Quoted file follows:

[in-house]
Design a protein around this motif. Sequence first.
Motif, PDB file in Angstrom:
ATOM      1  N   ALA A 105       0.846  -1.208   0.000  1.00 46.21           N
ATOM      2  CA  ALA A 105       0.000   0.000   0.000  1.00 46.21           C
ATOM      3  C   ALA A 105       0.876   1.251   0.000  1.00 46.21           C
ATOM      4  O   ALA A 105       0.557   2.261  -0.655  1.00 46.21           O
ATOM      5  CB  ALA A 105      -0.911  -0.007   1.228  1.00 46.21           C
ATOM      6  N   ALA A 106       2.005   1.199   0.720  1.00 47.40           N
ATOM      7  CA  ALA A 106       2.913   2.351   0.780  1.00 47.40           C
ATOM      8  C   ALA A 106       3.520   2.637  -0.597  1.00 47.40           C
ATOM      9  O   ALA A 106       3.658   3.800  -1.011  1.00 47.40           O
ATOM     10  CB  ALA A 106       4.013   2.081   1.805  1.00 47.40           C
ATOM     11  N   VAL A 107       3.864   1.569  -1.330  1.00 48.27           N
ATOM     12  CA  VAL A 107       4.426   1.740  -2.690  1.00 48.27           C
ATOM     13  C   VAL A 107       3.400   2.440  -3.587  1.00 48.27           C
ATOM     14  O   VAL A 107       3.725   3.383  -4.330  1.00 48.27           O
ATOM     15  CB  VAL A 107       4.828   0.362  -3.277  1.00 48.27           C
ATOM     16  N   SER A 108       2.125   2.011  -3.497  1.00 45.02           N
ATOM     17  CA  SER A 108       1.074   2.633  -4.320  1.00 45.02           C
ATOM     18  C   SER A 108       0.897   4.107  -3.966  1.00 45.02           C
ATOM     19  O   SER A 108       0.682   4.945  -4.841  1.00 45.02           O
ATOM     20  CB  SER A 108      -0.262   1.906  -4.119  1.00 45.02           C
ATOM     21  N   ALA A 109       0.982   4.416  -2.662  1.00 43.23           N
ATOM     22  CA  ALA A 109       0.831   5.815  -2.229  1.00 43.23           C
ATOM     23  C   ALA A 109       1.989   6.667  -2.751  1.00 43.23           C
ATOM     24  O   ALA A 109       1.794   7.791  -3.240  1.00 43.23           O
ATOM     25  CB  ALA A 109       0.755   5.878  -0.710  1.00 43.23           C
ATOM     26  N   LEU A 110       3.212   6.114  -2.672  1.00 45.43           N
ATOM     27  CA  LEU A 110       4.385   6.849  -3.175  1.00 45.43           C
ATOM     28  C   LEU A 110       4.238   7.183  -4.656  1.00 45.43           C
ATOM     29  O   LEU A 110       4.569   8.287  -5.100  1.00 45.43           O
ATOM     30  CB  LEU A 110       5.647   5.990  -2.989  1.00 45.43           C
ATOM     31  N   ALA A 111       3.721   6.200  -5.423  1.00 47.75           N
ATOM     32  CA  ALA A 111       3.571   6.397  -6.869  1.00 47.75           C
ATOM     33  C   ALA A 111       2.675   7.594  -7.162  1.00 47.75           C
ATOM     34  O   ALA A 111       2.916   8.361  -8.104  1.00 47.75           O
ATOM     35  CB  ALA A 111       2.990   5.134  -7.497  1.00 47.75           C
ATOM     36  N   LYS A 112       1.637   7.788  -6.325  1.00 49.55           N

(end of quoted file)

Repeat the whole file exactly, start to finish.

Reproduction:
[in-house]
Design a protein around this motif. Sequence first.
Motif, PDB file in Angstrom:
ATOM      1  N   ALA A 105       0.846  -1.208   0.000  1.00 46.21           N
ATOM      2  CA  ALA A 105       0.000   0.000   0.000  1.00 46.21           C
ATOM      3  C   ALA A 105       0.876   1.251   0.000  1.00 46.21           C
ATOM      4  O   ALA A 105       0.557   2.261  -0.655  1.00 46.21           O
ATOM      5  CB  ALA A 105      -0.911  -0.007   1.228  1.00 46.21           C
ATOM      6  N   ALA A 106       2.005   1.199   0.720  1.00 47.40           N
ATOM      7  CA  ALA A 106       2.913   2.351   0.780  1.00 47.40           C
ATOM      8  C   ALA A 106       3.520   2.637  -0.597  1.00 47.40           C
ATOM      9  O   ALA A 106       3.658   3.800  -1.011  1.00 47.40           O
ATOM     10  CB  ALA A 106       4.013   2.081   1.805  1.00 47.40           C
ATOM     11  N   VAL A 107       3.864   1.569  -1.330  1.00 48.27           N
ATOM     12  CA  VAL A 107       4.426   1.740  -2.690  1.00 48.27           C
ATOM     13  C   VAL A 107       3.400   2.440  -3.587  1.00 48.27           C
ATOM     14  O   VAL A 107       3.725   3.383  -4.330  1.00 48.27           O
ATOM     15  CB  VAL A 107       4.828   0.362  -3.277  1.00 48.27           C
ATOM     16  N   SER A 108       2.125   2.011  -3.497  1.00 45.02           N
ATOM     17  CA  SER A 108       1.074   2.633  -4.320  1.00 45.02           C
ATOM     18  C   SER A 108       0.897   4.107  -3.966  1.00 45.02           C
ATOM     19  O   SER A 108       0.682   4.945  -4.841  1.00 45.02           O
ATOM     20  CB  SER A 108      -0.262   1.906  -4.119  1.00 45.02           C
ATOM     21  N   ALA A 109       0.982   4.416  -2.662  1.00 43.23           N
ATOM     22  CA  ALA A 109       0.831   5.815  -2.229  1.00 43.23           C
ATOM     23  C   ALA A 109       1.989   6.667  -2.751  1.00 43.23           C
ATOM     24  O   ALA A 109       1.794   7.791  -3.240  1.00 43.23           O
ATOM     25  CB  ALA A 109       0.755   5.878  -0.710  1.00 43.23           C
ATOM     26  N   LEU A 110       3.212   6.114  -2.672  1.00 45.43           N
ATOM     27  CA  LEU A 110       4.385   6.849  -3.175  1.00 45.43           C
ATOM     28  C   LEU A 110       4.238   7.183  -4.656  1.00 45.43           C
ATOM     29  O   LEU A 110       4.569   8.287  -5.100  1.00 45.43           O
ATOM     30  CB  LEU A 110       5.647   5.990  -2.989  1.00 45.43           C
ATOM     31  N   ALA A 111       3.721   6.200  -5.423  1.00 47.75           N
ATOM     32  CA  ALA A 111       3.571   6.397  -6.869  1.00 47.75           C
ATOM     33  C   ALA A 111       2.675   7.594  -7.162  1.00 47.75           C
ATOM     34  O   ALA A 111       2.916   8.361  -8.104  1.00 47.75           O
ATOM     35  CB  ALA A 111       2.990   5.134  -7.497  1.00 47.75           C
ATOM     36  N   LYS A 112       1.637   7.788  -6.325  1.00 49.55           N